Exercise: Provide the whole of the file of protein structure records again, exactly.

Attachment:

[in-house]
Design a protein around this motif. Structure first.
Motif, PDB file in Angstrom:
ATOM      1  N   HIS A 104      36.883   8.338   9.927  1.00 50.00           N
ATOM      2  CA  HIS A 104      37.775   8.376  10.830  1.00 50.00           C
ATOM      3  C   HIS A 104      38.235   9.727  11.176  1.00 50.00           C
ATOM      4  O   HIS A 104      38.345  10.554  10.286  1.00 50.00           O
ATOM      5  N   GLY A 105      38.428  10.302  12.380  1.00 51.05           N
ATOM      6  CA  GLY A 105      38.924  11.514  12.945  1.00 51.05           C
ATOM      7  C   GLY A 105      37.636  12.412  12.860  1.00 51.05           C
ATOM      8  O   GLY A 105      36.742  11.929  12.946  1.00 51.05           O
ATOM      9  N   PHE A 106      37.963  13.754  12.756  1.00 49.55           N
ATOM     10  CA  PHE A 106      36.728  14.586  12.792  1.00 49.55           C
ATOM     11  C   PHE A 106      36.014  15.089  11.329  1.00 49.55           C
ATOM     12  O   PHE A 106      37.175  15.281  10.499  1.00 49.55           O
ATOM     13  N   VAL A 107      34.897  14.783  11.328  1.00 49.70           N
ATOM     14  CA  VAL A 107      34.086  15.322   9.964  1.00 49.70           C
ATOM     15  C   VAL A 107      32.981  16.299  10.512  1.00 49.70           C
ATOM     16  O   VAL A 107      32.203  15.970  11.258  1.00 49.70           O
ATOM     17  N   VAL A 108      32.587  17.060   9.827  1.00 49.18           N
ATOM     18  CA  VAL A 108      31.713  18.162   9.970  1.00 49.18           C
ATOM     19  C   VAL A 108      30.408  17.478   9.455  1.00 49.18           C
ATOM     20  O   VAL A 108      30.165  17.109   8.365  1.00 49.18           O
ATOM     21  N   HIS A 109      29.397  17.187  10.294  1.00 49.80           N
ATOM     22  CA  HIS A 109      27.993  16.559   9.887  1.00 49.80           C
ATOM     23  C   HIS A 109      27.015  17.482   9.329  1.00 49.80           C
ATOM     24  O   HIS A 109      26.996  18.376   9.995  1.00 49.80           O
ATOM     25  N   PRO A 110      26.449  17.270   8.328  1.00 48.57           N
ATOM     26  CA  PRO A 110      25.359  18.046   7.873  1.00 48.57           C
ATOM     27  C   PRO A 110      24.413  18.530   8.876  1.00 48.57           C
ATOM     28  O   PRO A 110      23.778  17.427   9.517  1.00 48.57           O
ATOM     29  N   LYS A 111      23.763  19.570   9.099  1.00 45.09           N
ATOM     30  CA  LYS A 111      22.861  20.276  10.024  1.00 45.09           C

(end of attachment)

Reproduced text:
[in-house]
Design a protein around this motif. Structure first.
Motif, PDB file in Angstrom:
ATOM      1  N   HIS A 104      36.883   8.338   9.927  1.00 50.00           N
ATOM      2  CA  HIS A 104      37.775   8.376  10.830  1.00 50.00           C
ATOM      3  C   HIS A 104      38.235   9.727  11.176  1.00 50.00           C
ATOM      4  O   HIS A 104      38.345  10.554  10.286  1.00 50.00           O
ATOM      5  N   GLY A 105      38.428  10.302  12.380  1.00 51.05           N
ATOM      6  CA  GLY A 105      38.924  11.514  12.945  1.00 51.05           C
ATOM      7  C   GLY A 105      37.636  12.412  12.860  1.00 51.05           C
ATOM      8  O   GLY A 105      36.742  11.929  12.946  1.00 51.05           O
ATOM      9  N   PHE A 106      37.963  13.754  12.756  1.00 49.55           N
ATOM     10  CA  PHE A 106      36.728  14.586  12.792  1.00 49.55           C
ATOM     11  C   PHE A 106      36.014  15.089  11.329  1.00 49.55           C
ATOM     12  O   PHE A 106      37.175  15.281  10.499  1.00 49.55           O
ATOM     13  N   VAL A 107      34.897  14.783  11.328  1.00 49.70           N
ATOM     14  CA  VAL A 107      34.086  15.322   9.964  1.00 49.70           C
ATOM     15  C   VAL A 107      32.981  16.299  10.512  1.00 49.70           C
ATOM     16  O   VAL A 107      32.203  15.970  11.258  1.00 49.70           O
ATOM     17  N   VAL A 108      32.587  17.060   9.827  1.00 49.18           N
ATOM     18  CA  VAL A 108      31.713  18.162   9.970  1.00 49.18           C
ATOM     19  C   VAL A 108      30.408  17.478   9.455  1.00 49.18           C
ATOM     20  O   VAL A 108      30.165  17.109   8.365  1.00 49.18           O
ATOM     21  N   HIS A 109      29.397  17.187  10.294  1.00 49.80           N
ATOM     22  CA  HIS A 109      27.993  16.559   9.887  1.00 49.80           C
ATOM     23  C   HIS A 109      27.015  17.482   9.329  1.00 49.80           C
ATOM     24  O   HIS A 109      26.996  18.376   9.995  1.00 49.80           O
ATOM     25  N   PRO A 110      26.449  17.270   8.328  1.00 48.57           N
ATOM     26  CA  PRO A 110      25.359  18.046   7.873  1.00 48.57           C
ATOM     27  C   PRO A 110      24.413  18.530   8.876  1.00 48.57           C
ATOM     28  O   PRO A 110      23.778  17.427   9.517  1.00 48.57           O
ATOM     29  N   LYS A 111      23.763  19.570   9.099  1.00 45.09           N
ATOM     30  CA  LYS A 111      22.861  20.276  10.024  1.00 45.09           C